Rating: PG13 (For strong language)
Disclaimer: The Tour of Duty characters do not belong to me. I simply love to play in their sandbox.
Summary: Written for the Notes From the Underground Anniversary Challenge- Myron has been a year in Vietnam. And Anderson has gone home to the States.
It was incredibly hot and muggy,
making everything seem not just sticky, but close. Myron hated close,
hated the feeling of being closed in. Too much like being cornered. Or
Yet here he was, all alone in
his hootch. He’d wanted it that way. Made it clear with a few sharp
words and a cold look that no one was to bother him, short of the camp
being overrun. Even McKay, for once, knew enough to just stay the fuck
Brewster knew. The man missed
nothing. Somehow he knew that Myron needed to really tie one on tonight
and left him to it. Somehow
knew the reason why, even if Myron didn’t want to face it. There had
been understanding and compassion in those eyes, and possibly pity.
Myron didn’t want the pity. Didn’t feel he deserved the rest.
After all, it was his own damned
fault he was here now. Alone. There was no one to blame, no one to rage
at. Only the empty shadows of the hootch and the bottle of scotch he had
on his desk.
He was used to being alone. Had
been alone his whole life or so it seemed. Army brat, his father kept
the family moving. Never had time to make friendships, nor did the other
kids he met. They were all in the same boat, thrown together for a
while, then one would leave, another come, Myron would leave and find
himself at a new base, starting over again.
Always starting over. Always
alone. East coast, west coast, bases in the south. Overseas in Europe,
then back to the States. You got to a point where you stopped trying
because there was no point. You were only going to move again anyway.
He had his mother, but did he
really ever? He meant what he’d said to his father, back at Chu-lai.
That what he remembered was a lonely woman. Looking back, Myron realized
she was never really there, not completely. She was like half a soul,
drifting along. She’d smile at Myron, but there was such a distance,
like she was miles away instead of in the same room.
Then one day she wasn’t there
at all. His father buried her and told Myron after it was all said and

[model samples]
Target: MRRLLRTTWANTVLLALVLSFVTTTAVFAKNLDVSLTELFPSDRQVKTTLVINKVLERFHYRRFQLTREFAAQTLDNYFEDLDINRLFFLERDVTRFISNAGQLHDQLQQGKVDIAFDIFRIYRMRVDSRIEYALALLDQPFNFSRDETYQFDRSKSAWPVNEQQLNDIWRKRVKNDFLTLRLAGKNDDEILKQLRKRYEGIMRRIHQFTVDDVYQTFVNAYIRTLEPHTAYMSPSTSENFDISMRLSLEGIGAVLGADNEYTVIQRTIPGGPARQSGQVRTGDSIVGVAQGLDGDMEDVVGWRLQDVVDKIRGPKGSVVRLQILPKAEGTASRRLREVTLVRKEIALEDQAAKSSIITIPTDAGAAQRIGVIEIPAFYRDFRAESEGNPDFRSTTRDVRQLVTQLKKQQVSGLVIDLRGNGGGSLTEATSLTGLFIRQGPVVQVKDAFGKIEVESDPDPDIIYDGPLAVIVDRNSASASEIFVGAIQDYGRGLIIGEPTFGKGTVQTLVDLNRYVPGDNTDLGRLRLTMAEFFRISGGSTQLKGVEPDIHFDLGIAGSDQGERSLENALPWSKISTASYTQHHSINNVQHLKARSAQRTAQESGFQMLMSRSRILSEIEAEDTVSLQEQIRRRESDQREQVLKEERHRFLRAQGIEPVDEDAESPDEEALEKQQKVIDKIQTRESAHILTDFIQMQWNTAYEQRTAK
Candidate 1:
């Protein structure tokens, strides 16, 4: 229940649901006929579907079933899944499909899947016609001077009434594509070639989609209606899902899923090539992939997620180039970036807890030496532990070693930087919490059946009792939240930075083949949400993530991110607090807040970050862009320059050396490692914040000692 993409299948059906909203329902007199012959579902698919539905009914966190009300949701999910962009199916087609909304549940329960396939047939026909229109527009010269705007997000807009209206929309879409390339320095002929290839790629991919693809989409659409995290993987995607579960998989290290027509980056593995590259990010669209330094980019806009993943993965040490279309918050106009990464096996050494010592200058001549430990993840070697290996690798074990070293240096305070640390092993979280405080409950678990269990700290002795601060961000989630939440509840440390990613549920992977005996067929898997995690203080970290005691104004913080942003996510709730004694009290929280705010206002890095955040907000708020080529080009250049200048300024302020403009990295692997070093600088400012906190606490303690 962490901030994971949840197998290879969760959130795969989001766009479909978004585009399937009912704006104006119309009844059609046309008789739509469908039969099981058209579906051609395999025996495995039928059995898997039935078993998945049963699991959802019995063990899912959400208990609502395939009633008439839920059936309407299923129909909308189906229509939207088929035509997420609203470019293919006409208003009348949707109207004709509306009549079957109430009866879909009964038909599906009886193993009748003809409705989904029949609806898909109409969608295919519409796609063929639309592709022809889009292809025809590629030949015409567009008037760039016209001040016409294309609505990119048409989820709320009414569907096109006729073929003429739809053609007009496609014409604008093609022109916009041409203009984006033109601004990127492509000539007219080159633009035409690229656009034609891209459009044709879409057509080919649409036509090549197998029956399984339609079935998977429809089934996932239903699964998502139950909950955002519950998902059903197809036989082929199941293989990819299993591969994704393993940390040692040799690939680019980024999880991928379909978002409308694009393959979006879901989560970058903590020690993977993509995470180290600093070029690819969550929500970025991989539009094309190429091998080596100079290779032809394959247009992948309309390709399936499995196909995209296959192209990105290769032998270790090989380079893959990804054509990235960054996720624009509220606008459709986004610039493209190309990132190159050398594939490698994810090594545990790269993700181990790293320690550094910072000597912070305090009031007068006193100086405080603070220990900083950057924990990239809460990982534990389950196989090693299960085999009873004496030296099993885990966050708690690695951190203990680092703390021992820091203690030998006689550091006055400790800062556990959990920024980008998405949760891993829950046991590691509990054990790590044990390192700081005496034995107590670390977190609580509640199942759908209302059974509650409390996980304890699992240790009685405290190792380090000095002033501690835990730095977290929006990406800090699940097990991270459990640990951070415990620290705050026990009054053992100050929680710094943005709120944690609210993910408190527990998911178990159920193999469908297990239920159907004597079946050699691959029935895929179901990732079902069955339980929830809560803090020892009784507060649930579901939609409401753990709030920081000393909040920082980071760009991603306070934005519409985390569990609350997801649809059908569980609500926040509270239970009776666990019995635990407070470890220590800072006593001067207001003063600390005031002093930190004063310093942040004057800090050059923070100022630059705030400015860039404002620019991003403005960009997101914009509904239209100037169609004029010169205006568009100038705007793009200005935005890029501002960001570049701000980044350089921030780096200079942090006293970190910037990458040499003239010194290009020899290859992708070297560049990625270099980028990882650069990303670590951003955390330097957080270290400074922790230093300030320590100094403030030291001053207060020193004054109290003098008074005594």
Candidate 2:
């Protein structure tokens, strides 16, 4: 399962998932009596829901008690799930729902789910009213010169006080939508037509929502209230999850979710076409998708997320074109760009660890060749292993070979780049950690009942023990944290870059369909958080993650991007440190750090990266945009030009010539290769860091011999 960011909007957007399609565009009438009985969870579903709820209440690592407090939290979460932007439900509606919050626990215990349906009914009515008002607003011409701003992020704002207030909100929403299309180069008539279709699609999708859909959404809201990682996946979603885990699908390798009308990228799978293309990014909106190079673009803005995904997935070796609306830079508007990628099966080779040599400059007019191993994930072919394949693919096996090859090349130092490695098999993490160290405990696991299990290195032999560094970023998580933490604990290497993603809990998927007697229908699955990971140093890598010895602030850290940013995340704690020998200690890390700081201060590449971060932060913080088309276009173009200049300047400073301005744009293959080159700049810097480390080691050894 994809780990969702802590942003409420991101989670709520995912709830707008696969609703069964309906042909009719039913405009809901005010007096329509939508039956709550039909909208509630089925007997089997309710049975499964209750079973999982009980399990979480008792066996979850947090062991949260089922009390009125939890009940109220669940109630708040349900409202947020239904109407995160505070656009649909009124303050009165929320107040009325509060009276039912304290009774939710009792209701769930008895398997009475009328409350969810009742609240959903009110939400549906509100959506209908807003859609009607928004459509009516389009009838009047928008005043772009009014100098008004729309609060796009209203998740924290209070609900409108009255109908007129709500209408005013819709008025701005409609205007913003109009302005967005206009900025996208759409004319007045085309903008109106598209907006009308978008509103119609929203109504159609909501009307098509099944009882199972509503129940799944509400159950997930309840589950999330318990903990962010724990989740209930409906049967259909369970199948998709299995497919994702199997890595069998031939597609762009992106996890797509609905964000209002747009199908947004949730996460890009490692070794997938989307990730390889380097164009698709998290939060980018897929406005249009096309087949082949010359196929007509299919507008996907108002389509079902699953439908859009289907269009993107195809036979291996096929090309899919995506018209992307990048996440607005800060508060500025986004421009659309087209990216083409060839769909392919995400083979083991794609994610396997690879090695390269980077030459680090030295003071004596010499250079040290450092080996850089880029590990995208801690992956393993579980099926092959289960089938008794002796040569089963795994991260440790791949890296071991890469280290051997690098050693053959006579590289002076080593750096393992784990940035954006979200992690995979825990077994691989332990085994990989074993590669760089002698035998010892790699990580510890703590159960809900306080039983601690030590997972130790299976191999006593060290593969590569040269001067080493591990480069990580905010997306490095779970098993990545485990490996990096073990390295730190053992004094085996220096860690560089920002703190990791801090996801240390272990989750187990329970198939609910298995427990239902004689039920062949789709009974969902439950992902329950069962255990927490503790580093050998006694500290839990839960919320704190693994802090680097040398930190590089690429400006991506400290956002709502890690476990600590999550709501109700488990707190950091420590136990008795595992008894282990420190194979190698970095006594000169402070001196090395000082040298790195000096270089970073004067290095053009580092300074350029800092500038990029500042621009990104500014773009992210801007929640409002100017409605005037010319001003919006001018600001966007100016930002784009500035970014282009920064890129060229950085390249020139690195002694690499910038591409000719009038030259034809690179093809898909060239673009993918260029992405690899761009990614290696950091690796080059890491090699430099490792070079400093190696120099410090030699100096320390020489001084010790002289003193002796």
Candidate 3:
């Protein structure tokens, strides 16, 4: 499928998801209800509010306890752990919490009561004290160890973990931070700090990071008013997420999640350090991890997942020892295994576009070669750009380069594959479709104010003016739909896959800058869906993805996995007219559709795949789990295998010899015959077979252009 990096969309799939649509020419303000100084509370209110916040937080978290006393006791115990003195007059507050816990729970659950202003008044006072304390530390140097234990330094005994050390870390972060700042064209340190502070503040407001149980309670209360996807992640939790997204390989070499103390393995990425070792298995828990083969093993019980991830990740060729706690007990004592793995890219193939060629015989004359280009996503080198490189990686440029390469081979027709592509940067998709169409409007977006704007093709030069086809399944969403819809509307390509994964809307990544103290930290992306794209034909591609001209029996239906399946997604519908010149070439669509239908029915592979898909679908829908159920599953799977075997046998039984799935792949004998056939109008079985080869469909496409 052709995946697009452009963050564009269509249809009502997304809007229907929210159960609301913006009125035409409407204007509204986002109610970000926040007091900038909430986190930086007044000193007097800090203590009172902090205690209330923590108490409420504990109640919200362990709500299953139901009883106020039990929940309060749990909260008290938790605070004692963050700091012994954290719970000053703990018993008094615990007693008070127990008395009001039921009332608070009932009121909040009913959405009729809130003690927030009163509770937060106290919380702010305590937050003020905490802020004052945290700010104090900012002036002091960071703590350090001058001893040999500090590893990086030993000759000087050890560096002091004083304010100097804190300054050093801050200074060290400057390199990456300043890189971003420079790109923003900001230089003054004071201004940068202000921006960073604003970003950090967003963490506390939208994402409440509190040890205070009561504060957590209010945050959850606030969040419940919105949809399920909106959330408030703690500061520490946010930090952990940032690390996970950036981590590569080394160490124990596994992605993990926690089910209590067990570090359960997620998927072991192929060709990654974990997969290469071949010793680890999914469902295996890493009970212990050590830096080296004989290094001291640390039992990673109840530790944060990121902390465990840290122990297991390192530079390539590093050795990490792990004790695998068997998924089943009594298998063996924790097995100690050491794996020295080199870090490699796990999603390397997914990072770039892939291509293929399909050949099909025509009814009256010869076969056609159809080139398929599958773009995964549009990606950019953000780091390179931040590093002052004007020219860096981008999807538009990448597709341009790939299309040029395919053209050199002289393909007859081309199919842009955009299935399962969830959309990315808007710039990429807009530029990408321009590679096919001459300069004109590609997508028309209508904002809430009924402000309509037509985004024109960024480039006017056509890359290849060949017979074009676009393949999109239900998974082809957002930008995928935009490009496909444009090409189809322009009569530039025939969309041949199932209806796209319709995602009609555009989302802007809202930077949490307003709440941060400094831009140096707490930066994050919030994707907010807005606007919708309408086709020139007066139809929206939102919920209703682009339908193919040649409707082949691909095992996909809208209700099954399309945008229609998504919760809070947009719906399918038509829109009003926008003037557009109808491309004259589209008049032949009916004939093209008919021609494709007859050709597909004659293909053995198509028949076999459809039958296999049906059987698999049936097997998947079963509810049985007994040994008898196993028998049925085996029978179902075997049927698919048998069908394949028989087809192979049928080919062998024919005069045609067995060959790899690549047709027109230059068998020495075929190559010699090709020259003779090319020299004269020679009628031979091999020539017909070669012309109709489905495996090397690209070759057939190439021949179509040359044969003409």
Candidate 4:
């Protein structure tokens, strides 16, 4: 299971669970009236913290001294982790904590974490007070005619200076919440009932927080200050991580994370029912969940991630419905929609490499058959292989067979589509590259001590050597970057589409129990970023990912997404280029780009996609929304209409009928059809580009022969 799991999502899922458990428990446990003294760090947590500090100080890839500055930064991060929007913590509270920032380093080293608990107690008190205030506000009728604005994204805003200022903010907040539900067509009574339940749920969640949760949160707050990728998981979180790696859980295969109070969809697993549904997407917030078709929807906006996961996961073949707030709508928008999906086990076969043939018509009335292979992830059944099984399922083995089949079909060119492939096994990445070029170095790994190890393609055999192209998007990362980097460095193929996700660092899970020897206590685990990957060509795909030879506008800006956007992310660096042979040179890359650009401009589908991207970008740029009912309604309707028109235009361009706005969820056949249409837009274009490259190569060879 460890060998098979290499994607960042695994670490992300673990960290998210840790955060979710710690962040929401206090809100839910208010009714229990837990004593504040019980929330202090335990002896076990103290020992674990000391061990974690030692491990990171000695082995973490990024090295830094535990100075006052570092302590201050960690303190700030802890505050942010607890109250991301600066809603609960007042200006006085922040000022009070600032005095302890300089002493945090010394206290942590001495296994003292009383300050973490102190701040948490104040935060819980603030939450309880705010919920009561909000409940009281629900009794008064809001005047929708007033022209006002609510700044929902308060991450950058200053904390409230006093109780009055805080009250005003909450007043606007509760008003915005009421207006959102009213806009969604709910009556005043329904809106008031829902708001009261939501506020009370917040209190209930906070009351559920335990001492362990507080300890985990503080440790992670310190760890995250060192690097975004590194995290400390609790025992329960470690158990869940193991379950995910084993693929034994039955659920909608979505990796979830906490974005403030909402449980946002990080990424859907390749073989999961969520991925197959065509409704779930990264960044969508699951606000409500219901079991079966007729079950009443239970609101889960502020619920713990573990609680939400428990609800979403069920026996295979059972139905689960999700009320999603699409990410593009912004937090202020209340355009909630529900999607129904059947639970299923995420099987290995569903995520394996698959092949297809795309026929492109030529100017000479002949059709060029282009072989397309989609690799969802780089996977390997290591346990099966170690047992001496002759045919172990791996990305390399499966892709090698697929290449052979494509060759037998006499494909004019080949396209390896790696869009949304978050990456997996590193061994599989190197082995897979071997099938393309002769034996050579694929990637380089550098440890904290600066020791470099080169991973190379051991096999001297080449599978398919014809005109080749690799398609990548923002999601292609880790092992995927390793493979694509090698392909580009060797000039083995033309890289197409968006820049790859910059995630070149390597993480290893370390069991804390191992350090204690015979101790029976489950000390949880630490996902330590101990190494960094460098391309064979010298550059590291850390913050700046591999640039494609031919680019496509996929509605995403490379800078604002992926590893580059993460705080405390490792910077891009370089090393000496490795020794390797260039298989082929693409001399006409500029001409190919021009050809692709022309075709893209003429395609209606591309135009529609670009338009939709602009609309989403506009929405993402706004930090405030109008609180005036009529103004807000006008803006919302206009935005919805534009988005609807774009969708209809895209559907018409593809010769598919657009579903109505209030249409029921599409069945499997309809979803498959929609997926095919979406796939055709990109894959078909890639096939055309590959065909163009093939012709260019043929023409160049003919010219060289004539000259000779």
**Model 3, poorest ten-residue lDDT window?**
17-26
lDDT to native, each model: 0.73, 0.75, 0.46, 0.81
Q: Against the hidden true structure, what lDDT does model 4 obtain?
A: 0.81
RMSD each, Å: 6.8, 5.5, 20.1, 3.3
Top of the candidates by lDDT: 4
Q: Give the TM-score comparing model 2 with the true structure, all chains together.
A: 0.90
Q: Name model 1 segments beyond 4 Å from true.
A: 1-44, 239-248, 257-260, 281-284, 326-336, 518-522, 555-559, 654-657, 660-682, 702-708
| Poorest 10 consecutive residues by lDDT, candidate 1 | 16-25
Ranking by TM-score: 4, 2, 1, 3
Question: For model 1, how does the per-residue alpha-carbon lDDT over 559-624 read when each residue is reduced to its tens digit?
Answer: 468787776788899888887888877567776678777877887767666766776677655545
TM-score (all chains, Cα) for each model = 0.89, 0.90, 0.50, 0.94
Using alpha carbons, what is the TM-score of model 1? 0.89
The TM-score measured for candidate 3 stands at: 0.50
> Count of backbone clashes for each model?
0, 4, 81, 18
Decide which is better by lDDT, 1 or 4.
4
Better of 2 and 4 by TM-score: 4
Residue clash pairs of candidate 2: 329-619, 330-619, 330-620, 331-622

done. He never got to say goodbye.
He never said goodbye to his
father either. Simply left. Made the decision that he was on his own
now. Alone. So he walked away and never looked back. Accepted that he
was alone. Had always been alone.
Myron grabbed the bottle and
glass and brought them over to his bedside stand, setting them there. He
poured off a glass but left it, untouched. Tapping out a cigarette, he
then tossed the pack beside the bottle and lit up with sharp movements.
The end glowed brightly in the lingering shadows as he inhaled deeply.
God, it was fucking hot and
sticky tonight. He sat on the bed which creaked in protest as he stared
out the screen door into the dark compound. The cigarette burned slowly
between his fingers. It was a moonless night with only the camp lights
chasing back the darkness.
He wanted nothing to do with his
father’s world, yet the war changed that. Too ingrained in him, he let
himself get drafted. When he made officer in OCS, he had no one to pin
his rank on. No smiling wife, girlfriend, or proud parent. He’d been
alone then, in that ceremony.
And alone he came to Vietnam.
He could accept that, had been
prepared for it, even expected it. He was an officer, it came with the
territory. He’d do his time, feed the obligation his upbringing and
conscience made impossible to ignore, and then go back and pick up his
life where he’d left off before he let himself get drafted.
Alone in the States, alone in
Vietnam, did it really matter where you were when it all shook out the
same way in the end?
He drank down half the glass in
a swallow. Restless and edgy, he climbed to his feet with the glass
still in his hand and went to stand at the screen door and stare out at
Ladybird was only a year ago. It
was a lifetime ago.
He blamed Anderson. Had to blame
someone. He’d blamed and damned his father for years, even blamed the
old man for his being here in this sorry excuse for a country. Now he
Damned Anderson. The bastard
just couldn’t leave Myron alone, couldn’t respect that Myron wanted
to be alone. Instead he made it a personal mission, squared his
shoulders and dug in. And steadily, quietly, patiently battered at
Myron’s defenses. Saw past the defiance, the anger, the arrogance…
the raw fear. Saw past all of that and saw Myron for who he was. Saw
something there he felt worth salvaging. Became more than an NCO, more
than Myron’s sergeant.
The bastard slipped under
Myron’s defenses. He became a friend.
And Myron let it happen. Did the
one thing that came the hardest for him to do… he trusted the other
Trusted him when Myron hadn’t
allowed himself to trust anyone in years.
And for the first time in his
life, Myron stopped feeling alone. Was no longer alone. He hurt, pieces
of him shattered with each man’s death, each kid’s loss cut him so
deeply. But he wasn’t alone. Anderson wouldn’t leave him alone,
wouldn’t let him handle the burden alone. He couldn’t shoulder it
all, but he shouldered enough so that Myron felt he could somehow
survive all of this.
It had been a mistake. Myron’s
mistake for trusting, for letting himself believe. He knew better, but
he let it happen anyway.
He sent Anderson away. Chased
him away. Myron was broken inside, shattered beyond repair. So he blamed
Anderson and deliberately sent him away.
And Myron now found himself
alone. He drank down the rest of the glass and closed his eyes. He sent
the one person away who could have saved him.
But he didn’t want to be
saved, did he?
A year ago Myron came to
Vietnam, alone. A year later, he was still in Vietnam.
And still alone.